With the average life expectancy for Americans continuing to rise, a concern for todayās retirees is making their nest eggs last longer. Longevity riskāthe chance you will outlive your savingsāmay be the greatest risk federal retirees face today.Ā Developing a sound financial plan is essential to ensure your āsavings wellā does not run dry too soon. The federal retirement system is both unique and complex for its 2.8 million current employees. This system includes the U.S. Postal Service, a quasi-governmental agency that employs the largest percentage of the civilian federal workforce.1 For optimal results, employees should begin planning for their retirement up to 10 years prior to their planned retirement date. It is imperative that federal employees understand their benefits and how each piece fits into their financial puzzle.
It is imperative that federal employees understand their benefits and how each piece fits into their financial puzzle.Getty Images
All federal employees hired before January 1, 1984, are a part of the Civil Service Retirement System (CSRS). Those hired after this date comprise the Federal Employee Retirement System (FERS), a hybrid retirement system including Social Security and a tax-favored savings plan.Ā Approximately 94% of the current federal workforce are FERS employees.1 Most federal employees are eligible for full retirement benefits between ages 55 and 57, with 30 years of service.1Ā
Federal special group employees, such as air traffic controllers, federal law enforcement officers, or firefighters, pay an extra Ā½% salary deduction and receive an enhanced retirement benefit. They are also eligible for full retirement at age 50 and 20 years of service.2 All federal employees are eligible to participate in the federally defined contribution plan called TSP (Thrift Savings Plan), which is similar to a 401(k) plan. The TSP contains five individual and life-cycle funds that allocate investments based on a proposed retirement date. While TSP is limited in its available investment options, it does offer a low-cost way for government workers toĀ save efficiently for retirement. CSRS employees are not eligible to receive TSP matching funds, while FERS employees (hired after January 1, 1984) are eligible for matching funds, up to 5% annually. The TSP contribution limit for employee deferrals will increase to $19,000 in 2019, while catch-up contributions will remain at $6,000.Ā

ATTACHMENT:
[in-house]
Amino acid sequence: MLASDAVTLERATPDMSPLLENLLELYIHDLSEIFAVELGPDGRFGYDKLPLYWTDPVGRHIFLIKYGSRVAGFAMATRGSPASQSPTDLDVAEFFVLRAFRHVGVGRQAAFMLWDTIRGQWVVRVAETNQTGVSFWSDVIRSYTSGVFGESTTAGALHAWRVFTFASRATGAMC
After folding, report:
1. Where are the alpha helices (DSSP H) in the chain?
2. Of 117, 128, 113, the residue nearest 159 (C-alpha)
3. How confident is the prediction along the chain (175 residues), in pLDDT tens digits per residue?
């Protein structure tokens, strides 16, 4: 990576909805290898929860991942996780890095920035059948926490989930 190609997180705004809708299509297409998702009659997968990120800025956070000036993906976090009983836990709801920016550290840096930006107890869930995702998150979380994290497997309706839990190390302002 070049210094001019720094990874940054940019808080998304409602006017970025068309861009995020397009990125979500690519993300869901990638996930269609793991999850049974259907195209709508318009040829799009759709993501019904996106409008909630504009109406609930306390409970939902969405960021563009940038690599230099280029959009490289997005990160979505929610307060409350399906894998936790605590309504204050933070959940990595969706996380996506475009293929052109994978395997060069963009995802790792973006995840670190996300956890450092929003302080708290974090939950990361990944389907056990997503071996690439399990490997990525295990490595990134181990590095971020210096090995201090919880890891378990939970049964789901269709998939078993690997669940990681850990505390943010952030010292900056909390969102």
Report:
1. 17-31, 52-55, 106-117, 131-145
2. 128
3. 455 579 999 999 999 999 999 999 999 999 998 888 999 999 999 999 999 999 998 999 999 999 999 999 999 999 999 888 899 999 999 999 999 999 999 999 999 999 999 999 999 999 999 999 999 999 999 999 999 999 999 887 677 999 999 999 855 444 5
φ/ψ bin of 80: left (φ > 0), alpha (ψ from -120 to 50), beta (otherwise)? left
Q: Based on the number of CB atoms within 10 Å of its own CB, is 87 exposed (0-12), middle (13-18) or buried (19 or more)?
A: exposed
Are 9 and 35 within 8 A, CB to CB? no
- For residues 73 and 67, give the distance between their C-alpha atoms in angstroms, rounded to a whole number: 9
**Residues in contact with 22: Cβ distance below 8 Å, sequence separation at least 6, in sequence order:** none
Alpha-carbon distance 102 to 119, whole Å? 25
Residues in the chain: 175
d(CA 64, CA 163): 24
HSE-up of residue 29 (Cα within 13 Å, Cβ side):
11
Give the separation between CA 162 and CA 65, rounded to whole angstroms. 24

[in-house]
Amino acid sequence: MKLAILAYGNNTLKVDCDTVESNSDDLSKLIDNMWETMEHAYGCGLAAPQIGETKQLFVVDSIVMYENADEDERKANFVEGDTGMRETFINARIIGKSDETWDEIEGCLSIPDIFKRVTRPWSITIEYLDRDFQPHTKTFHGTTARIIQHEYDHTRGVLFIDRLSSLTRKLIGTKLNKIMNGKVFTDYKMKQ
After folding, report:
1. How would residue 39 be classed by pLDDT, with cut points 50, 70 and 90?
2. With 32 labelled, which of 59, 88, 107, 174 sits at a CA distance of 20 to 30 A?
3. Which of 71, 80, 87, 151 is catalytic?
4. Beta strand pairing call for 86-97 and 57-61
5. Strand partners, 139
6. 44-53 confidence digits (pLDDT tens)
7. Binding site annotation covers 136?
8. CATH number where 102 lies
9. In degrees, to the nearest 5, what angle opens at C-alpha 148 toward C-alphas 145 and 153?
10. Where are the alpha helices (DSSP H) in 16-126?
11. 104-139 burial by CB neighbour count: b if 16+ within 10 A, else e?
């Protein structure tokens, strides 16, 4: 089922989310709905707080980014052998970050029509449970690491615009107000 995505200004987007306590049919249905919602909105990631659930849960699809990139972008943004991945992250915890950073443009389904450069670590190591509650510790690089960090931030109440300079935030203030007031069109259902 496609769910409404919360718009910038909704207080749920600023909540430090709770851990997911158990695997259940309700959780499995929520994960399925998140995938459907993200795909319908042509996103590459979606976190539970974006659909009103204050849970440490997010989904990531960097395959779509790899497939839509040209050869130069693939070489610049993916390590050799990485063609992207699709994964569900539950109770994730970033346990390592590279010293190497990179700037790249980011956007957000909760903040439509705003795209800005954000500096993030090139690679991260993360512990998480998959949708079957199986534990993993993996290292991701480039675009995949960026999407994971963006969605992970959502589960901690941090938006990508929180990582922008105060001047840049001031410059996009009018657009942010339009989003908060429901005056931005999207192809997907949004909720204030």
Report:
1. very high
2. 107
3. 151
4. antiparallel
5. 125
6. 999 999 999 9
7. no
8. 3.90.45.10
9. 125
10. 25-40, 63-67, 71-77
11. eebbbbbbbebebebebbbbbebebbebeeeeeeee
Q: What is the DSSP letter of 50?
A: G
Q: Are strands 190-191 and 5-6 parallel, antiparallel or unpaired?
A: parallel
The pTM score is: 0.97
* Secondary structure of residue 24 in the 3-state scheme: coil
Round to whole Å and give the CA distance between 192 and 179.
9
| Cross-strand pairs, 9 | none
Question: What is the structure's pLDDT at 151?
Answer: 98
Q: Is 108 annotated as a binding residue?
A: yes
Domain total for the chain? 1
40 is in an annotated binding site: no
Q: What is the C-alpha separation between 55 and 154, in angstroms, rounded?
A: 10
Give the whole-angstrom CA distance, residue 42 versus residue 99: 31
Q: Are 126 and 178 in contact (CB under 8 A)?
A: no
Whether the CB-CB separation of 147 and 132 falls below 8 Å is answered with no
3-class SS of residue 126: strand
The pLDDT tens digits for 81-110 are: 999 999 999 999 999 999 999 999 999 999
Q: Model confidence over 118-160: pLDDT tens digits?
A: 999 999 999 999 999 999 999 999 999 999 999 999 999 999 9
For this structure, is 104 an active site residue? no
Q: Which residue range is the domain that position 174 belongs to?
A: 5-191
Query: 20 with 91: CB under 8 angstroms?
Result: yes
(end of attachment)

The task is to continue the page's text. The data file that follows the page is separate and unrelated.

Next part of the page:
Employees are eligible to begin catch-up contributions at age 50. They should expect to contribute the maximum amount of $19,000 for the year to the TSP or to an equivalent tax-deferred employer plan, such as a private sector 401(k) or nonprofit 403(b) employer plan.3 A new catch-up contribution election must be made each calendar year. Matching contributions are not applied to catch-up contributions.4
All employees have the option to participate in either (or both) a TSP or Roth TSP, up to their contribution limit. However, all government matching funds are deposited into the traditional TSP employee accounts. A Roth TSP is similar to a Roth 401(k), not a Roth IRA, and there are no income limits for Roth TSP contributions. These contributions could also provide an enhanced opportunity to create tax-free funds to supplement future retirement income and maintain the lowest possible tax bracket. Employees should contribute to the Roth TSP for several years prior to retirement to accrue enough funds to effectively reduce higher taxation during retirement. Those retiring with full benefits may withdraw traditional TSP funds before age 59Ā½ without incurring a 10% penalty. These investments should be discussed with a financial advisor.
The Federal Employee Health Benefit (FEHB) insurance program enables all employees to keep their current health plan or select an alternative plan during the annual open season. Employees who retain FEHB coverage their last five years of federal employment may continue their coverage throughout their retirement. The federal government will continue to pay the same percentage of premiums